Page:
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How Does Household Income Affect Child Personality Traits and Behaviors?

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Listed:
  • Randall Akee
  • William Copeland
  • E. Jane Costello
  • Emilia Simeonova

Abstract

We examine the effects of a quasi-experimental unconditional household income transfer on child emotional and behavioral health and personality traits. Using longitudinal data, we find that there are large beneficial effects on children's emotional and behavioral health and personality traits during adolescence. We find evidence that these effects are most pronounced for children who start out with the lowest initial endowments. The income intervention also results in improvements in parental relationships which we interpret as a potential mechanism behind our findings.

Suggested Citation

  • Randall Akee & William Copeland & E. Jane Costello & Emilia Simeonova, 2018. "How Does Household Income Affect Child Personality Traits and Behaviors?," American Economic Review, American Economic Association, vol. 108(3), pages 775-827, March.
  • Handle: RePEc:aea:aecrev:v:108:y:2018:i:3:p:775-827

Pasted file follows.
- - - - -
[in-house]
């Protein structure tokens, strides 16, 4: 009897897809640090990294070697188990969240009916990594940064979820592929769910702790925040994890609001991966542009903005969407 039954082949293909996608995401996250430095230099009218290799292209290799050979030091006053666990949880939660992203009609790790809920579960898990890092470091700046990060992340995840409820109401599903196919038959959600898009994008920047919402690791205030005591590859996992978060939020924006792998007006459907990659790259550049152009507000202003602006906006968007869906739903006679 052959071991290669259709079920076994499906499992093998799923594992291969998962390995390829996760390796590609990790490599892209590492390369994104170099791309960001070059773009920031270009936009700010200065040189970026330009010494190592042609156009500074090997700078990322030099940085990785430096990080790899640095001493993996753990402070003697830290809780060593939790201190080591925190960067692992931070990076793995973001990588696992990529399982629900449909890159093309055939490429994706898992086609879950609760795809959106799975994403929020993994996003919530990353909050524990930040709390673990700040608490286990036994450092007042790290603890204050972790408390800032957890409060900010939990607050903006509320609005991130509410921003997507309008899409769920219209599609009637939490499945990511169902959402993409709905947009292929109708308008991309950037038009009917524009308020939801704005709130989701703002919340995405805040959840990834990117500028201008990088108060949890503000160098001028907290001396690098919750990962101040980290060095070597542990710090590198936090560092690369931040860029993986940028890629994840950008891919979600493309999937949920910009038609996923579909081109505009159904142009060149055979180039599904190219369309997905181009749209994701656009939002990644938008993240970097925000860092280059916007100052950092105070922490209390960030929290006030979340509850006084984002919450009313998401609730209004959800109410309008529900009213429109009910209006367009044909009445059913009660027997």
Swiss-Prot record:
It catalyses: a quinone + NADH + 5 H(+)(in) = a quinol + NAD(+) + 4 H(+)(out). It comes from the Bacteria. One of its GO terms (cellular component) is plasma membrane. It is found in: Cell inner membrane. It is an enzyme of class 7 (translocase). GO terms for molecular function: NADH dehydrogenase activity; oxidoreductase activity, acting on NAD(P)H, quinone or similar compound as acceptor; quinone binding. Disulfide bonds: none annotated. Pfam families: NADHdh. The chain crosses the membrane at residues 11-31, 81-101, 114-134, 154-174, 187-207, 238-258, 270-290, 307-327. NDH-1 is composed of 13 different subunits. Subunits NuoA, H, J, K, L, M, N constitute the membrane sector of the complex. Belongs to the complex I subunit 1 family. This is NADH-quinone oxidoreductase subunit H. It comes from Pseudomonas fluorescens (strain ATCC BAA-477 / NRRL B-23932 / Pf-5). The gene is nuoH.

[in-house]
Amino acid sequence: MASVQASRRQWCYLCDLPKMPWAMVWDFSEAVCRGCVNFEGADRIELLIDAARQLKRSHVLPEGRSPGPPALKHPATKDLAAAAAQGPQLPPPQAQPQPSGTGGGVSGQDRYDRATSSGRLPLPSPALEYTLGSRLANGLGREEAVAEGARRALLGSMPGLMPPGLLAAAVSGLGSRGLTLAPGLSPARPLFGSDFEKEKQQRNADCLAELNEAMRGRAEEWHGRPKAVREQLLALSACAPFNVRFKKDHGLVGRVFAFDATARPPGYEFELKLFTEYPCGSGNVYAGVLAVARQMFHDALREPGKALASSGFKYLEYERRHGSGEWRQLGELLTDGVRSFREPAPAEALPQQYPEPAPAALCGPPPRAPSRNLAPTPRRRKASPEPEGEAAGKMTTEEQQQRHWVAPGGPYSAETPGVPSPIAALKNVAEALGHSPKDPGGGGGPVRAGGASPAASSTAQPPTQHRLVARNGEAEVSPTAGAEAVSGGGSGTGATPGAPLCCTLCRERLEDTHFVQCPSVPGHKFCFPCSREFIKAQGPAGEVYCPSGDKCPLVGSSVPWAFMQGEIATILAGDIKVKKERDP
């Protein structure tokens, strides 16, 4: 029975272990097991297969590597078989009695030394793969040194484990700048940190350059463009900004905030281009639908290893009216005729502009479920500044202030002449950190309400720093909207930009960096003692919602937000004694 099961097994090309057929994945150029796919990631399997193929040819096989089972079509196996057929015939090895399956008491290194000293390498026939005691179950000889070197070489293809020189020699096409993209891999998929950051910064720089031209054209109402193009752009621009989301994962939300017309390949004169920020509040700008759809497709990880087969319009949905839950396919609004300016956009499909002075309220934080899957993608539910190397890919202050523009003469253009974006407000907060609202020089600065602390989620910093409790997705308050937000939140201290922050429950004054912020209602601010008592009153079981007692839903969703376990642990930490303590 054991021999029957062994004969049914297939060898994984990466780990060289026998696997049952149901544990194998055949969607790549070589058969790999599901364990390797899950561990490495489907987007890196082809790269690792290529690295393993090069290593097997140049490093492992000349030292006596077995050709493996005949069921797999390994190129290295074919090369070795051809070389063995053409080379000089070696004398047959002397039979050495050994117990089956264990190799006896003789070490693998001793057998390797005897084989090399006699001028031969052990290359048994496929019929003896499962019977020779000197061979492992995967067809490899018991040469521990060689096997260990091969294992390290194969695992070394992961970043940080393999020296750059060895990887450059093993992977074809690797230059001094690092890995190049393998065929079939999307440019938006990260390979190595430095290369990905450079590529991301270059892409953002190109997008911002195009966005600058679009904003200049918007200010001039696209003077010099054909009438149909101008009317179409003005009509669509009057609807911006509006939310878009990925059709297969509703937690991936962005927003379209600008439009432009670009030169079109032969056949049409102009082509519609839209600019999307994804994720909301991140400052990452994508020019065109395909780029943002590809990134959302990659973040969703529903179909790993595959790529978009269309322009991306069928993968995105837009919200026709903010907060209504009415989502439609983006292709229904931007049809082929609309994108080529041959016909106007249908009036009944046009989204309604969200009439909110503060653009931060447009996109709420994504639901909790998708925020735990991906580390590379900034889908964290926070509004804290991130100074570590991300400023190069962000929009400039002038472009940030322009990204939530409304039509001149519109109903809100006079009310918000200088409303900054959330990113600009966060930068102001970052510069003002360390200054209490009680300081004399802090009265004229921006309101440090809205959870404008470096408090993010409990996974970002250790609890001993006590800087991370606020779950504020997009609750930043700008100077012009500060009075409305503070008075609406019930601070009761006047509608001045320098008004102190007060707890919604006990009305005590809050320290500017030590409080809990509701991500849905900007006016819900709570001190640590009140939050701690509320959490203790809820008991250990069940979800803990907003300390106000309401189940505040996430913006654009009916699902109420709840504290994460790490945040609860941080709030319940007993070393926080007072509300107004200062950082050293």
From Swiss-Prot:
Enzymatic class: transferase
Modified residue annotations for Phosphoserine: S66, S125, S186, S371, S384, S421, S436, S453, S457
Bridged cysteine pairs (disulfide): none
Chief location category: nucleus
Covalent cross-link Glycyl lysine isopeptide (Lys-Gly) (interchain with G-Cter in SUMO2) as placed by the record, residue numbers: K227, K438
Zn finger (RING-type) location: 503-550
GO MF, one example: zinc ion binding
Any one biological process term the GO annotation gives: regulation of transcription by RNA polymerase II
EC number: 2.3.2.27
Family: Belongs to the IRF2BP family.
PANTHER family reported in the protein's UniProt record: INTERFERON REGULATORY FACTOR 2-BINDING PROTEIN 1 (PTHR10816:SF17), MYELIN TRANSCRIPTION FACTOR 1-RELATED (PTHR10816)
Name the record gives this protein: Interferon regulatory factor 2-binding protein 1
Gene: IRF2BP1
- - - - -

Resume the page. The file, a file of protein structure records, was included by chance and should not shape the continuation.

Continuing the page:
Note: DOI: 10.1257/aer.20160133
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    More about this item

    JEL classification:

    • D14 - Microeconomics - - Household Behavior - - - Household Saving; Personal Finance
    • I12 - Health, Education, and Welfare - - Health - - - Health Behavior
    • I26 - Health, Education, and Welfare - - Education - - - Returns to Education
    • I31 - Health, Education, and Welfare - - Welfare, Well-Being, and Poverty - - - General Welfare, Well-Being
    • I38 - Health, Education, and Welfare - - Welfare, Well-Being, and Poverty - - - Government Programs; Provision and Effects of Welfare Programs
    • J13 - Labor and Demographic Economics - - Demographic Economics - - - Fertility; Family Planning; Child Care; Children; Youth
    • J15 - Labor and Demographic Economics - - Demographic Economics - - - Economics of Minorities, Races, Indigenous Peoples, and Immigrants; Non-labor Discrimination

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